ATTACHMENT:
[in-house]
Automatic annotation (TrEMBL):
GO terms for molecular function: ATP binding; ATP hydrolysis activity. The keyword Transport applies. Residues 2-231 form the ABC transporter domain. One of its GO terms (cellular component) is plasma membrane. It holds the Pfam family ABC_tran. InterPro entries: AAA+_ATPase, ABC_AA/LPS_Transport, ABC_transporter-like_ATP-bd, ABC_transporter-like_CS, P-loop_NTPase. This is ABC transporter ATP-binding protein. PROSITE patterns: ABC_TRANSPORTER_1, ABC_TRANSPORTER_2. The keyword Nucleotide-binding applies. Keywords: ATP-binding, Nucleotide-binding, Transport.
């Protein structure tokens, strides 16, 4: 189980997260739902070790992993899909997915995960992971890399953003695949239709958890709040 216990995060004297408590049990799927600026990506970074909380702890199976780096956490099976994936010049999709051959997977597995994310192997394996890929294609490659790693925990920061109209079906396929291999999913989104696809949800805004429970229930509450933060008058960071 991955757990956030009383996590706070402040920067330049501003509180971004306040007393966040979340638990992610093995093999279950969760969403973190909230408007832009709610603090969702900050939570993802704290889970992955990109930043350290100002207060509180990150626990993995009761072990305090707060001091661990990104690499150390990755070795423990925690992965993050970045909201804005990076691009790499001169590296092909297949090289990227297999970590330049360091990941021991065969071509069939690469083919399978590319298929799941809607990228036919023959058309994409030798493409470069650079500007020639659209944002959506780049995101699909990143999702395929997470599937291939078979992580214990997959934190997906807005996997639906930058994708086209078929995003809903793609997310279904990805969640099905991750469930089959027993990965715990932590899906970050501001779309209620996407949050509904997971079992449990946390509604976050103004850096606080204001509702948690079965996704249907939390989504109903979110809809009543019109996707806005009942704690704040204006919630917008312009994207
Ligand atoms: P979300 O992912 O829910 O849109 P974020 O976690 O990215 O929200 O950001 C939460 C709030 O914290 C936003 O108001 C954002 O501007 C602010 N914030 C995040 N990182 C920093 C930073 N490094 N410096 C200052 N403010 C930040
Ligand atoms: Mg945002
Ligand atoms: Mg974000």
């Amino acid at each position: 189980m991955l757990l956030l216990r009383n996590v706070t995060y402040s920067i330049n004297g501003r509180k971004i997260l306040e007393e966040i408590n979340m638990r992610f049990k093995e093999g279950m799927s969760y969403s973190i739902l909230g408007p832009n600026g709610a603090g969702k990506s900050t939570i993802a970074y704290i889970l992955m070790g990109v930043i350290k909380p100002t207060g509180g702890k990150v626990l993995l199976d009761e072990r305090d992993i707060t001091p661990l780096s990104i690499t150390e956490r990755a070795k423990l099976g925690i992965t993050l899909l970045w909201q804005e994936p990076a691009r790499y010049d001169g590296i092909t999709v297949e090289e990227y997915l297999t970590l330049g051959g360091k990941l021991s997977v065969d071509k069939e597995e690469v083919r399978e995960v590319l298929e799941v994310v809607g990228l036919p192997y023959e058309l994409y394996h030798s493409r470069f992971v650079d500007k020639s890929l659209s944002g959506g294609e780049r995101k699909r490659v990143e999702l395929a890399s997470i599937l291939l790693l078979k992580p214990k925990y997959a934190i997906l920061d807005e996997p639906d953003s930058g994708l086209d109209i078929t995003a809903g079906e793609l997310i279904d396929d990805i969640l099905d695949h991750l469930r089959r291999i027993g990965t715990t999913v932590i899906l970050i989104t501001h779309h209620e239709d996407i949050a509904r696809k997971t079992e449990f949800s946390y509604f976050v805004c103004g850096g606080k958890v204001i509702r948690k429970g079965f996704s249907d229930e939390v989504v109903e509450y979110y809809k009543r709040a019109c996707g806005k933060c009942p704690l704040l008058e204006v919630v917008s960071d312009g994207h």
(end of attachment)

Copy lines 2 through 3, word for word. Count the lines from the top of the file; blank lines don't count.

Automatic annotation (TrEMBL):
GO terms for molecular function: ATP binding; ATP hydrolysis activity. The keyword Transport applies. Residues 2-231 form the ABC transporter domain. One of its GO terms (cellular component) is plasma membrane. It holds the Pfam family ABC_tran. InterPro entries: AAA+_ATPase, ABC_AA/LPS_Transport, ABC_transporter-like_ATP-bd, ABC_transporter-like_CS, P-loop_NTPase. This is ABC transporter ATP-binding protein. PROSITE patterns: ABC_TRANSPORTER_1, ABC_TRANSPORTER_2. The keyword Nucleotide-binding applies. Keywords: ATP-binding, Nucleotide-binding, Transport.